North Carolina Supreme Court Strikes Down GOP Redistricting Maps 

Protesters attend a meeting of Michigan's new Independent Citizens Redistricting Commission on Oct. 21, 2021, in Lansing, Mich. The attendees were not in favor of putting majority-Black neighborhoods districts in other districts, where they may have more say over Michigan's leadership. (AP Photo/Carlos Osorio)
AP Photo/Carlos Osorio

The North Carolina Supreme Court on Friday ruled to strike down redistricting maps Republicans passed last November.

In a 4-3 decision, all four Democrats on the state’s highest court voted to strike down the proposed maps. The court ordered Republicans to submit new voting maps by 5:00 p.m. on February 18. The maps must be shown to the three-judge panel that initially approved the first maps. The lower court must then approve the proposed maps by noon February 23.

All other parties involved in the lawsuit will also be allowed to submit their own proposed maps for the trial court’s review.

According to the court, the maps are “unconstitutional beyond a reasonable doubt under the free elections clause, the equal protection clause, the free speech clause and the freedom of assembly clause of North Carolina’s constitution.”

The maps the court struck down Friday evening would have given the GOP a 10-14 advantage on North Carolina’s House seats for the next decade. The court’s three Republican justices dissented and would have allowed the maps to stand.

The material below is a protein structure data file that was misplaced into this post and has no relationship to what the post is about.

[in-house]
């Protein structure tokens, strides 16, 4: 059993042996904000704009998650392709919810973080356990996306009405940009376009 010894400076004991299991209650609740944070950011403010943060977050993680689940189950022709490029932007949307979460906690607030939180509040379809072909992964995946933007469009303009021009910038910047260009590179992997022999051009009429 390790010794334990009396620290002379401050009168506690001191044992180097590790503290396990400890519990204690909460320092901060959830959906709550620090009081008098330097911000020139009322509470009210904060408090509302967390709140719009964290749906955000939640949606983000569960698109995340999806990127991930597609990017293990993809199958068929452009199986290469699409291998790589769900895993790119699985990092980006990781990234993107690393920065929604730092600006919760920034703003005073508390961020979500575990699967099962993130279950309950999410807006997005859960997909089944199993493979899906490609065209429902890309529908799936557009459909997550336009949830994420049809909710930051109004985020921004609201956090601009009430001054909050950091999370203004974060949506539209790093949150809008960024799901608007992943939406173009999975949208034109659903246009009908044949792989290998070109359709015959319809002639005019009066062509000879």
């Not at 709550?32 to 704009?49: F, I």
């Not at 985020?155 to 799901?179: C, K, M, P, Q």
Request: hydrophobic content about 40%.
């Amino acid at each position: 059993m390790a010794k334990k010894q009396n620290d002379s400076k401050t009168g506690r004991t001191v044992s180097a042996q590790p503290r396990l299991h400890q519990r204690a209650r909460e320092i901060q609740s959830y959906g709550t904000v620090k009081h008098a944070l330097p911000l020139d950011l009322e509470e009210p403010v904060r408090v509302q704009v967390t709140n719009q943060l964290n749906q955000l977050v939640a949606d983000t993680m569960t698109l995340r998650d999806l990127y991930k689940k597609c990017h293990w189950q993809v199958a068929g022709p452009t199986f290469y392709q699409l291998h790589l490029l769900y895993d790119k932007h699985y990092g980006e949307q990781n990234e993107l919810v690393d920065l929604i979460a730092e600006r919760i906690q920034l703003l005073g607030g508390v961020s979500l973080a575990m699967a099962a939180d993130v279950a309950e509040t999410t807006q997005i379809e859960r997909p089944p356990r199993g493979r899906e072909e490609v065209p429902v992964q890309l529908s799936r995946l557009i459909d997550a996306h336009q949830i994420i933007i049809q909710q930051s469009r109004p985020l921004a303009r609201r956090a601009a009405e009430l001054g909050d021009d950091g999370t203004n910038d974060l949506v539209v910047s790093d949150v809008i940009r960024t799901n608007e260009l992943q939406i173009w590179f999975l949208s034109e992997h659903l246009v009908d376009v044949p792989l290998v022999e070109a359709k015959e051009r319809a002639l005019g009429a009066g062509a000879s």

Republican Chief Justice Paul Newby believed the court lacked the power to override the legislature’s proposed maps, making it an issue of separation of powers. Newby wrote that the court’s decision “violates separation of powers by effectively placing responsibility for redistricting with the judicial branch, not the legislative branch as expressly provided in our constitution.”

“Unless and until the people alter the law to either limit or prohibit the practice of partisan gerrymandering, this Court is without any satisfactory or manageable legal standard and thus must refuse to resolve such a claim,” Newby wrote in his dissent.

Unsurprisingly, North Carolina Democrats applauded the state supreme court’s decision. Governor Roy Cooper (D-NC) said the court “ is right to order a redraw of unconstitutionally gerrymandered districts.” “More work remains and any legislative redraw must reflect the full intent of this decision,” Cooper added.

North Carolina Attorney General Josh Stein said the court’s ruling is “fantastic news for voters and the health of our democracy.”

On the other hand, Republicans spoke out against the court’s ruling. Rep. Dan Bishop (D-NC) was not surprised at the ideologically divided court’s decision.

“What a shock. 4-3 decision. Only Democrat judges struck down maps drawn by a Republican legislature,” Bishop tweeted. “For 140 years of unbroken Democrat rule, they failed to see a problem. Elections for the Supreme Court majority are around the corner.”

Phil Strach, an attorney representing Republican lawmakers, argued that the court’s decision harmed its credibility. “The damage to this court has already begun,” Strach told the justices. “The mere possibility that this court might strike down the redistricting plans has already led some in the public to start treating the court like a legislature, not a court.”

North Carolina’s maps should be finalized soon, as the state holds its 2022 primary elections on May 17.

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